OKLAHOMA CITY (KFOR) – The fourth wave of COVID-19 crept into the Davis family in June.
The family had four generations get together to celebrate Father’s Day, but didn’t know the uninvited virus would ravage the family tree.
Fourteen family members went to lunch. Only two were vaccinated.
In the following days, 11 members of the extended family tested positive for COVID-19 as it spread, including nine who attended that lunch.
Five family members were spared, including both of the vaccinated adults.
Steve Davis, 39, was the first to test positive, five days after his symptoms began. He was feeling fatigued and dehydrated during Father’s Day weekend.
“I really didn’t think it was going to get us, each one by one,” he said. “I’m thinking I don’t have COVID. I’m sure I don’t have COVID. I’m thinking I’m young. I’ve got a good immune system. I’m good to go.”
After he tested positive, his wife, Deanna, her 15-year-old twins, Andrew and Taylor, and Steve Davis’ 17-year-old son, Kameron, all tested positive.
Steve Davis’ parents, Stephen and Terese Davis, were diagnosed next.
“They say this Delta strain is 275% faster to attack your system,” said Stephen Davis, 62, who always intended to get the vaccine, eventually.
“My parents had been telling us, every time we (saw) them. (They were) telling us get the shot, get the shot,” said Terese Davis, 54.
Stephen and Terese Davis were hesitant, but they planned to get the shot this summer. COVID-19 got them first.
“I was just making sure no one was going to turn into a zombie or anything,” Terese Davis joked. “We wanted to give it six months.”
The couple were both hospitalized with COVID-19 complications.
“I couldn’t help anybody else,” Stephen Davis said through tears. “I couldn’t do anything for anyone else. I had to focus on myself to get through it, and that’s not me.”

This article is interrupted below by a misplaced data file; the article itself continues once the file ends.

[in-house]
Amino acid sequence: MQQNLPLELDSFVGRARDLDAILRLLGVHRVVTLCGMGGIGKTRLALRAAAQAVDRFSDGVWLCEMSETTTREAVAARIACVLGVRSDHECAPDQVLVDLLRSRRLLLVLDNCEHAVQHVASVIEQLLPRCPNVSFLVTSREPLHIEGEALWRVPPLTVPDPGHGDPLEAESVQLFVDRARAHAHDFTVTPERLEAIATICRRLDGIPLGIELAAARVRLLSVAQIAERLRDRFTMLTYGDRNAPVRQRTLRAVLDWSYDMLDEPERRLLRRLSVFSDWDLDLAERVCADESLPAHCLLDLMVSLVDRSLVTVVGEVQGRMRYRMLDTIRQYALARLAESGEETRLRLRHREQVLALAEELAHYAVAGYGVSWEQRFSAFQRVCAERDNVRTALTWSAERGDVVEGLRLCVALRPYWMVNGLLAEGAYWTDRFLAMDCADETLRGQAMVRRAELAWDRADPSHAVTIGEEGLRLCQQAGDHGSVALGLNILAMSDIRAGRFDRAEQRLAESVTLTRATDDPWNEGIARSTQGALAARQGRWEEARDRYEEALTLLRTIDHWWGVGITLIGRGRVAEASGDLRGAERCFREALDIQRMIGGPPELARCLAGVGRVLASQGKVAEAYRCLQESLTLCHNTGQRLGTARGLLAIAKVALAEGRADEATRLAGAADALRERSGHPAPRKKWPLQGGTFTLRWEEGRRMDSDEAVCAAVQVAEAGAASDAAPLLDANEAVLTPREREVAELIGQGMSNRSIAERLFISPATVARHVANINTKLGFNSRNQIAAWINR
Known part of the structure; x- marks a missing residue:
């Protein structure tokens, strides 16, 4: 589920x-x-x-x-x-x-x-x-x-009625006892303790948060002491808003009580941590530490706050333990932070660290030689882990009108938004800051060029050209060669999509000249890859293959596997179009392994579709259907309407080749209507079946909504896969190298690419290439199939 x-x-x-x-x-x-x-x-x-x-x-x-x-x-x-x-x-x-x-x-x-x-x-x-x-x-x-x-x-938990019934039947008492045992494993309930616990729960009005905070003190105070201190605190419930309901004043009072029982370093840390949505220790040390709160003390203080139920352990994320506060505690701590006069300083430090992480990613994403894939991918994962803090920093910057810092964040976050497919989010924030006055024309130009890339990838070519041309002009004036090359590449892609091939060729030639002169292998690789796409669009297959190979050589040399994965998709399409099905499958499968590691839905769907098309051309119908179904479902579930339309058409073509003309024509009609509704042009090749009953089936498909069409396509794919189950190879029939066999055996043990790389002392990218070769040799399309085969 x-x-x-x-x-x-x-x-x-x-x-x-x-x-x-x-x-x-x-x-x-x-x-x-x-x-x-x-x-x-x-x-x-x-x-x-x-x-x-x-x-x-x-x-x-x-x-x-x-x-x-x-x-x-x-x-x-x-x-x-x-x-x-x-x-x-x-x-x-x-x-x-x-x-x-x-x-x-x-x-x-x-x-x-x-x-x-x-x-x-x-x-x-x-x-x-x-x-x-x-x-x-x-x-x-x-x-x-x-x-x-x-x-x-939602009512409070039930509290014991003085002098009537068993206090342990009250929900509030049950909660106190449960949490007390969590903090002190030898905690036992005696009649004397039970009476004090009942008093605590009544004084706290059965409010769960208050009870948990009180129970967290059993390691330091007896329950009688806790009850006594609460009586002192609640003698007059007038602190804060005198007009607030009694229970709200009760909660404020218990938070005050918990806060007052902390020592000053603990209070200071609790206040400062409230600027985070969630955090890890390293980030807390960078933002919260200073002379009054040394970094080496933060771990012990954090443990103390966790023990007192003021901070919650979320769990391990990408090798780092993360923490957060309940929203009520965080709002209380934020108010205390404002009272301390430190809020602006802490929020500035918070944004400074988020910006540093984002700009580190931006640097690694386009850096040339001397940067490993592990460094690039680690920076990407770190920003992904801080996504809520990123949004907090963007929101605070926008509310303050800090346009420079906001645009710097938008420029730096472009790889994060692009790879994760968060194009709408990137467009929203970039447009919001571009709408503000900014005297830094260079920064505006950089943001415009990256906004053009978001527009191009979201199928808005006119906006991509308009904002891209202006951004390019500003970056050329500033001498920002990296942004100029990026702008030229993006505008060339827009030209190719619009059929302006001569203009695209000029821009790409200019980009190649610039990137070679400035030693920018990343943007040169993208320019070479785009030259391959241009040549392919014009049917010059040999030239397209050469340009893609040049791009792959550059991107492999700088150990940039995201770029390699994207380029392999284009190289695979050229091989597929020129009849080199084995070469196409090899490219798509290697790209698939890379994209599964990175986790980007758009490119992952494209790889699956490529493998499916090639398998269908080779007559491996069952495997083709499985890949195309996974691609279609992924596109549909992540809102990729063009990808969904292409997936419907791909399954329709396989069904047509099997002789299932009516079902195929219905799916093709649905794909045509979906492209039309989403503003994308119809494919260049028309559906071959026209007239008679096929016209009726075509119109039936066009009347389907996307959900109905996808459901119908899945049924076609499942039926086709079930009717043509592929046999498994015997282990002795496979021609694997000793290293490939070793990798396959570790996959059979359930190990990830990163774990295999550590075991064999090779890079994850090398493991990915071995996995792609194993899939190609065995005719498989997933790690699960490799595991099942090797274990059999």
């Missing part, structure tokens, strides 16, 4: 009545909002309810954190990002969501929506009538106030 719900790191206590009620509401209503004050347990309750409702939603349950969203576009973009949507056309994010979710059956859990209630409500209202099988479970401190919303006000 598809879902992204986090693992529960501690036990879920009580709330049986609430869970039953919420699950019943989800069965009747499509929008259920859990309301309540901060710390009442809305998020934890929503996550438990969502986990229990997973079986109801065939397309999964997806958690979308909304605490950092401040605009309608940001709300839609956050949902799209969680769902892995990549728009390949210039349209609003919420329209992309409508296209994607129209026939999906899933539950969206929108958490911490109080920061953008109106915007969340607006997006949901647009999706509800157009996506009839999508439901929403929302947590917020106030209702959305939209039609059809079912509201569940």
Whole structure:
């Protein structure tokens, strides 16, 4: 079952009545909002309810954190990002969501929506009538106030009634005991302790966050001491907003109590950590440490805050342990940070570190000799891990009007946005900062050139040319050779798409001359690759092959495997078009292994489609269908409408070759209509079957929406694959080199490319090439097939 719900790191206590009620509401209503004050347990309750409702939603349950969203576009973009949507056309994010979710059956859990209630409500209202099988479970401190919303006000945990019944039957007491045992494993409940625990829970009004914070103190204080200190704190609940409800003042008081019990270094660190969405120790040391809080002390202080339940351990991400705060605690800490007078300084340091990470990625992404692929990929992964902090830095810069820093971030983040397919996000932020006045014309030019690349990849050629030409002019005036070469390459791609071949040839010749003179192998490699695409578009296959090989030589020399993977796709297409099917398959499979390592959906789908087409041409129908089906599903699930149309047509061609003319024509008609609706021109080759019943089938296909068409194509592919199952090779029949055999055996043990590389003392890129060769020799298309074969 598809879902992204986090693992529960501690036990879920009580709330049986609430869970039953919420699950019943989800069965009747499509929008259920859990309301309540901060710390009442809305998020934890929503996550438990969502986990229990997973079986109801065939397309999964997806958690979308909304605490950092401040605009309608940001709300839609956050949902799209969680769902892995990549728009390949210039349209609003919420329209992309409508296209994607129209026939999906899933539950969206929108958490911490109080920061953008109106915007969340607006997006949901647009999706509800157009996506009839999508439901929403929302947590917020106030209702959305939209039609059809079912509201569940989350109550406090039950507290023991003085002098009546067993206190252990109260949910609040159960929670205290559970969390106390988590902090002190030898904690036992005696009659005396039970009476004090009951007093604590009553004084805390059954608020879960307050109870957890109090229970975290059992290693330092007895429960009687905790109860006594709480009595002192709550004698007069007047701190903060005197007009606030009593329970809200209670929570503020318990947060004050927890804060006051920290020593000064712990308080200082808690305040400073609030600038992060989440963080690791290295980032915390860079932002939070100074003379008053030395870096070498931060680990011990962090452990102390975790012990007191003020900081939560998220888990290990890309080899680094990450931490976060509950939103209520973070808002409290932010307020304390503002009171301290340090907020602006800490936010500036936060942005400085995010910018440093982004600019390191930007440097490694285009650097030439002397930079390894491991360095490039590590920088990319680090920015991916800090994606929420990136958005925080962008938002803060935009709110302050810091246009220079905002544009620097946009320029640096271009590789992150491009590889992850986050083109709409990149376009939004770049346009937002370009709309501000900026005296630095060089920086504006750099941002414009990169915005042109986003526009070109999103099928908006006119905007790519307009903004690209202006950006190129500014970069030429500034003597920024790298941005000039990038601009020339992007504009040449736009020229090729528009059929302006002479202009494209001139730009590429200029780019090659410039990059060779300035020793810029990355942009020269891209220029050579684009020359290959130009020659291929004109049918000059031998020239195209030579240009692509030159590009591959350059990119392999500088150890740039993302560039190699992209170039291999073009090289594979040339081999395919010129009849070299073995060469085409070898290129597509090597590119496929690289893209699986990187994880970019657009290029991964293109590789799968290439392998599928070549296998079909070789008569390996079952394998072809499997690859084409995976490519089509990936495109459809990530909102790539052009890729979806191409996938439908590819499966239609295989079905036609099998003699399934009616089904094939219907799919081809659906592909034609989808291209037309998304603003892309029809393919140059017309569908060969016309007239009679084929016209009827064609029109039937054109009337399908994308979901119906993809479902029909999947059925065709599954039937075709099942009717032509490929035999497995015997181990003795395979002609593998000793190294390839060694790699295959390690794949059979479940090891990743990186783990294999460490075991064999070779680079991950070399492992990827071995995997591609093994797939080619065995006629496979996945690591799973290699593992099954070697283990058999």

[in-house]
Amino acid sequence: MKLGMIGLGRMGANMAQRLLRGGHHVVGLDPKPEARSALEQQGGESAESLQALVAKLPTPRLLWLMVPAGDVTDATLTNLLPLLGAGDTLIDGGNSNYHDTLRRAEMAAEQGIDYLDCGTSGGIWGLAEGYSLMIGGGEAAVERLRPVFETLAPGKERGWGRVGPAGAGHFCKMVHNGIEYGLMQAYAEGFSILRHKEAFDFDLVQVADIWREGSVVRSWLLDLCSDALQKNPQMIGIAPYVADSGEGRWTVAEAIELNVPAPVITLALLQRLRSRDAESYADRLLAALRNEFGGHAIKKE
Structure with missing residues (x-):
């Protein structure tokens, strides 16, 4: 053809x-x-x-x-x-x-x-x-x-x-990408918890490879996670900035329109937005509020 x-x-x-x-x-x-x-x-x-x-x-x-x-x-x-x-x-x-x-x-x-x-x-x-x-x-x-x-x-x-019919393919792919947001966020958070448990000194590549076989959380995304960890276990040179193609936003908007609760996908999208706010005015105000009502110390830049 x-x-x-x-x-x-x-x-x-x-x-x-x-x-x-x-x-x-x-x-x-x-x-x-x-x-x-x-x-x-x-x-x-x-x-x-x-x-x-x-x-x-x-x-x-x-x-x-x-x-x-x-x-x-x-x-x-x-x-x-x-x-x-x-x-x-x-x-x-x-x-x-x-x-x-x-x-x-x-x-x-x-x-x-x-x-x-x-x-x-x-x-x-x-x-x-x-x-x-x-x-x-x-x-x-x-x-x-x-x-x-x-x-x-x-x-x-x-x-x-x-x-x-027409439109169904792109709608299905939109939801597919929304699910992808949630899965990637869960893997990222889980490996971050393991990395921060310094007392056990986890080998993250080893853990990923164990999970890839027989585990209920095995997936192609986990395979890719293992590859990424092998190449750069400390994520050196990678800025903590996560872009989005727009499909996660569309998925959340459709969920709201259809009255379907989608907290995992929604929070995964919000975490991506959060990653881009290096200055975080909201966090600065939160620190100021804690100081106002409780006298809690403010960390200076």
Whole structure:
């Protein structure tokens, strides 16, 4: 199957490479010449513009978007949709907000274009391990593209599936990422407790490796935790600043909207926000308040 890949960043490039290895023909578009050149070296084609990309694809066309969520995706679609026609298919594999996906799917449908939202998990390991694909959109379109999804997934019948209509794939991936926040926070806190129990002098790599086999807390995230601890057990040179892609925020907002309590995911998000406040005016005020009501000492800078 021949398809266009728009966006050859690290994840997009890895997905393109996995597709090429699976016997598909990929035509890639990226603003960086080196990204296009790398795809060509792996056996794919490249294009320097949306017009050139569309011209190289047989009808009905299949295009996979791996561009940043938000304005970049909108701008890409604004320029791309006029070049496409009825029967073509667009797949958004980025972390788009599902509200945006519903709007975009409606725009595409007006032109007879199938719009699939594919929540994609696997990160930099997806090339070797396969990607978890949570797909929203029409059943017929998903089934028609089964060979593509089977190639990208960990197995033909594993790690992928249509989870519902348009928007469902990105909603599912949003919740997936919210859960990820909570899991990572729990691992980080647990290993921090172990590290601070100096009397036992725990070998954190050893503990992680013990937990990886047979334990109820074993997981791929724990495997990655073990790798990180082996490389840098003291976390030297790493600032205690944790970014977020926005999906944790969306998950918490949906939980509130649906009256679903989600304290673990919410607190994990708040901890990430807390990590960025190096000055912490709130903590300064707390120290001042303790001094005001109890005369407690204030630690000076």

Stephen Davis was in the hospital for nine days, three in intensive care.
“The ones who are surviving it have had the shot, whereas the ones who are passing away, haven’t had the shot,” Stephen Davis said. “They’re saying it’s almost 100%.”
Stephen and Terese Davis’ daughter, Meghan Davis, was also at that Father’s Day lunch with her boyfriend, Josh Afsharpour, and their baby boys, Leighton, 2, and Bentley, 7 months. All four tested positive.
The delta variant is infecting young children at a much higher rate than previous strains.
“I was really scared because there’s not much we could do to help (the boys) or help anybody,” Meghan Davis said.
Meanwhile, Steve and Deanna Davis decided not to go to the hospital. They were struggling to beat COVID-19 at home.
Steve Davis didn’t have the strength to take care of his wife. “It got pretty bad to where I couldn’t do anything,” he remembered.
Davis didn’t realize, in his own suffering, that his wife was dying of COVID-19.
Ten days after diagnosis, Steve Davis finally began to see some improvement in his symptoms. Deanna Davis was still struggling to breathe.
“I told her, I said, ‘If you’re not doing any better by tomorrow, you’re going to the hospital. You didn’t want to go to the hospital, but you’re going to the hospital,’” he remembers.
That night, he found his wife unconscious in their bed. The 911 dispatcher told him he would have to do CPR on her.
He needed to move her from the bed to the floor, but he didn’t have the strength. He asked his 17-year-old son to help.
The 911 dispatcher instructed the father and son how to do chest compressions.
“I couldn’t do it by myself because I had COVID and I was pretty weak,” Davis said. “I told my son, Kameron, ‘You’re going to have to come over here and do CPR.’”
In those final moments, Steve Davis tried to barter with God.
“I told him, ‘Take my life to let her live.’”
Deanna Davis died on the 4th of July, two weeks after Father’s Day. She was 45 years old.
Carl Jones, 82, and Mary Jameson, 82, were the only two in the family who had received the COVID-19 vaccine.
They believe the shot protected them from the coronavirus as it moved through the entire family.
“We were there at the party,” Jameson remembered. “I hugged little Stephen and Deanna. We sat right across from them. I really believe in the shot.”
Most of the family is now convinced. They say they will get the shot as soon as they are eligible.
“A lot of people are saying it’s political or it’s not real. It’s definitely real,” said Stephen Davis.
The toll of this pandemic weighs heavy for the whole family, but especially for Davis, yet he is unconvinced about the protection of the COVID-19 vaccine.
“I’m skeptical about it, myself. At this point, I feel like I’m backed into a corner to where I don’t know if I should or shouldn’t.”
In the end, the choice will be his.
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